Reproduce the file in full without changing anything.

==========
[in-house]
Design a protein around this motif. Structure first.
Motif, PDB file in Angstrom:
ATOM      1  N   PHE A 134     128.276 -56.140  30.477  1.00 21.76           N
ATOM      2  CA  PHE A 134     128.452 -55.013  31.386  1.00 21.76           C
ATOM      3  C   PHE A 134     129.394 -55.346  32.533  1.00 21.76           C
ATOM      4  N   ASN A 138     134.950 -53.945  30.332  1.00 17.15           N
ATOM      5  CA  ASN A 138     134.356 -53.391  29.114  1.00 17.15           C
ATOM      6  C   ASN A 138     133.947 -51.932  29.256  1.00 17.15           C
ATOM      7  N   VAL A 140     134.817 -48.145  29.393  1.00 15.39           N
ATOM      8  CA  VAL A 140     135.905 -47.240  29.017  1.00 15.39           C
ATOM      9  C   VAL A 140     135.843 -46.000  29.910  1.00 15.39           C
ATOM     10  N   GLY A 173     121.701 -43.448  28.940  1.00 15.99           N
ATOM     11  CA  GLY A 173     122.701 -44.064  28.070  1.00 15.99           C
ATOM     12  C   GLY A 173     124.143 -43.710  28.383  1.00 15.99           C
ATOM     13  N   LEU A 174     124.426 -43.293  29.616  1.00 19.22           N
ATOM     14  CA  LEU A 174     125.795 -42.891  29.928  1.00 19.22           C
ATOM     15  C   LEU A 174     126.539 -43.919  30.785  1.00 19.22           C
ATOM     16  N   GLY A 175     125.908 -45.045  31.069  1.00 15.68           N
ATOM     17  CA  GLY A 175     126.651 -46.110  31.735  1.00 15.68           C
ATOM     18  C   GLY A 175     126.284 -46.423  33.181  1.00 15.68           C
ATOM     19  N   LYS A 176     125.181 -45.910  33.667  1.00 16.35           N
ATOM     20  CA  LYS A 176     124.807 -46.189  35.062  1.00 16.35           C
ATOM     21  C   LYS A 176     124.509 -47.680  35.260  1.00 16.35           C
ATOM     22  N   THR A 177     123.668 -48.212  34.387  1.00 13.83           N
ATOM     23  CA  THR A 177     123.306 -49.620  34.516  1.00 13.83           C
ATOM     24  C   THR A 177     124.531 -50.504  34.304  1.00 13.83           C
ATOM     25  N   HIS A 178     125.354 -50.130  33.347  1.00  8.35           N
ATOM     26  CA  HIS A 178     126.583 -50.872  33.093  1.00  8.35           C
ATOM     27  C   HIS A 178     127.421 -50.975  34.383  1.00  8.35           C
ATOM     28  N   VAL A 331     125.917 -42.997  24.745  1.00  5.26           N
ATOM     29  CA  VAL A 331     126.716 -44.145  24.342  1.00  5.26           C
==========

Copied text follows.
[in-house]
Design a protein around this motif. Structure first.
Motif, PDB file in Angstrom:
ATOM      1  N   PHE A 134     128.276 -56.140  30.477  1.00 21.76           N
ATOM      2  CA  PHE A 134     128.452 -55.013  31.386  1.00 21.76           C
ATOM      3  C   PHE A 134     129.394 -55.346  32.533  1.00 21.76           C
ATOM      4  N   ASN A 138     134.950 -53.945  30.332  1.00 17.15           N
ATOM      5  CA  ASN A 138     134.356 -53.391  29.114  1.00 17.15           C
ATOM      6  C   ASN A 138     133.947 -51.932  29.256  1.00 17.15           C
ATOM      7  N   VAL A 140     134.817 -48.145  29.393  1.00 15.39           N
ATOM      8  CA  VAL A 140     135.905 -47.240  29.017  1.00 15.39           C
ATOM      9  C   VAL A 140     135.843 -46.000  29.910  1.00 15.39           C
ATOM     10  N   GLY A 173     121.701 -43.448  28.940  1.00 15.99           N
ATOM     11  CA  GLY A 173     122.701 -44.064  28.070  1.00 15.99           C
ATOM     12  C   GLY A 173     124.143 -43.710  28.383  1.00 15.99           C
ATOM     13  N   LEU A 174     124.426 -43.293  29.616  1.00 19.22           N
ATOM     14  CA  LEU A 174     125.795 -42.891  29.928  1.00 19.22           C
ATOM     15  C   LEU A 174     126.539 -43.919  30.785  1.00 19.22           C
ATOM     16  N   GLY A 175     125.908 -45.045  31.069  1.00 15.68           N
ATOM     17  CA  GLY A 175     126.651 -46.110  31.735  1.00 15.68           C
ATOM     18  C   GLY A 175     126.284 -46.423  33.181  1.00 15.68           C
ATOM     19  N   LYS A 176     125.181 -45.910  33.667  1.00 16.35           N
ATOM     20  CA  LYS A 176     124.807 -46.189  35.062  1.00 16.35           C
ATOM     21  C   LYS A 176     124.509 -47.680  35.260  1.00 16.35           C
ATOM     22  N   THR A 177     123.668 -48.212  34.387  1.00 13.83           N
ATOM     23  CA  THR A 177     123.306 -49.620  34.516  1.00 13.83           C
ATOM     24  C   THR A 177     124.531 -50.504  34.304  1.00 13.83           C
ATOM     25  N   HIS A 178     125.354 -50.130  33.347  1.00  8.35           N
ATOM     26  CA  HIS A 178     126.583 -50.872  33.093  1.00  8.35           C
ATOM     27  C   HIS A 178     127.421 -50.975  34.383  1.00  8.35           C
ATOM     28  N   VAL A 331     125.917 -42.997  24.745  1.00  5.26           N
ATOM     29  CA  VAL A 331     126.716 -44.145  24.342  1.00  5.26           C